Saturday, August 29, 2020

Update on the Jungle

Dateline: Cattaraugus County, western New York state

As you should know by now, my gardening skills amount to the triumph of hope over experience but I said to myself when we got back here that, if the jungle didn't look good this summer, with, let's face it, nothing much else to do with one's life, then it never would. Of course there were several obstacles in the way:  flowerbeds originally planted willy nilly around tree stums (roots everywhere); a soil full of rocks (Florida soil is nothing but dust but at least you can dig) ; the charms of the local wildlife, deer, woodchucks, rabbits chipmunks, slugs, Japanese beetles and anything else you can think of; the charms of the local weather, storms, rain, drought (not to mention winter freeze-thaw). But I will be positive and mention some of the minor triumphs.

1) The deer did not eat the tall phlox this year.

In past summers I've caught them literally with their heads buried in it, munching away. Perhaps the Irish Spring soap really did work, even if it made the garden smell like the inside of a minicab.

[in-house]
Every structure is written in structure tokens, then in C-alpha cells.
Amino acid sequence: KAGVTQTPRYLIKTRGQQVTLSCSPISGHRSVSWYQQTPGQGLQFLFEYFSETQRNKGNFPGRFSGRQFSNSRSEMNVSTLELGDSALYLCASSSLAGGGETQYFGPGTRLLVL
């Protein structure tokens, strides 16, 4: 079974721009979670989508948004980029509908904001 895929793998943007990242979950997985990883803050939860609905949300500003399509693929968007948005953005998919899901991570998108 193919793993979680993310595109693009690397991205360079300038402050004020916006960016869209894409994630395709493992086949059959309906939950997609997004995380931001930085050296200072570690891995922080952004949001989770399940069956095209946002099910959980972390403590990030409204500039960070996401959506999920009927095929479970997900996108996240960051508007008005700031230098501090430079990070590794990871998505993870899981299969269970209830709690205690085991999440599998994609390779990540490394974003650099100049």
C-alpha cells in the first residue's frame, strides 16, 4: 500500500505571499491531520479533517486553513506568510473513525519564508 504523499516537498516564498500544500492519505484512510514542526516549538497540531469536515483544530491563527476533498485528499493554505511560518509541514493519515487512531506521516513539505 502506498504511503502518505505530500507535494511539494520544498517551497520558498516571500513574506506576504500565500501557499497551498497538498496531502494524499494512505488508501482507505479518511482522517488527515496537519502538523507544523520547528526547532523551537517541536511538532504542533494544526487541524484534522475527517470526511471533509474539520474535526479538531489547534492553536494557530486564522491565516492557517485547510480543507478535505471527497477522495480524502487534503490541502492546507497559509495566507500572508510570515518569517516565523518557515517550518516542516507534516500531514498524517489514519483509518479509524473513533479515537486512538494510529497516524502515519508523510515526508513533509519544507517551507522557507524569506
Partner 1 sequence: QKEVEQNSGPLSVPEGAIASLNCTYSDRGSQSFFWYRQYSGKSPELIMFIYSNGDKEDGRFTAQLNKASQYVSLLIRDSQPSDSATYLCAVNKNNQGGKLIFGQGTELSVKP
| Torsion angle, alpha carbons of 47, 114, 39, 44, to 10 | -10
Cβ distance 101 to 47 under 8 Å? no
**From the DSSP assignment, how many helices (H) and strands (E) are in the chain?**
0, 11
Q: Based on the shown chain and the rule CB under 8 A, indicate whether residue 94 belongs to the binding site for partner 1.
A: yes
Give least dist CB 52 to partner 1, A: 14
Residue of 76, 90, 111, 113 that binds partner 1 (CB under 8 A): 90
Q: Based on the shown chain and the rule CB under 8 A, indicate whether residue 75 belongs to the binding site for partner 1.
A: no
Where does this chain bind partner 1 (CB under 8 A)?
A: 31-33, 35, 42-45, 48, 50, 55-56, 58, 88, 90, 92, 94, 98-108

2) The apricot-coloured lily I always think has been smothered still manages to fight back against the opposition. It seems to enjoy the plant equivalent of city life.

3) The deer didn't eat any of the other phlox either. Perhaps, having gobbled up every single one last year they got memorable indigestion.

4) The slugs missed the one red coneflower.

5) The eager lad at the nursery sold me some good rose fertiliser. It seems to have worked. The rose looks almost as good as it did when it was planted.

6) I managed to keep the Japanese beetles away from the hibiscus.

It's a sign of how desperate people are around here that slug pellets are as impossible to find in the shops as loo paper was in March. (Now the supermarket is trying to unload tons of dodgy-looking weird unknown brand loo paper which it must have got in a job lot of so maybe there'll be a glut of slug pellets soon). Same with Japanese beetle traps. But as luck would have it, I found an old, unopened one in the shed. It is currently writhing with inmates (don't tell the animal protection people)  but I sometimes wonder whether it isn't attracting even more.
6) The chipmunks left us with two tomatoes. (After I'd wrapped them all up in netting so it's impossible to pick them).

Well there have been failures too but let's not dwell on them now. Onwards and upwards! 

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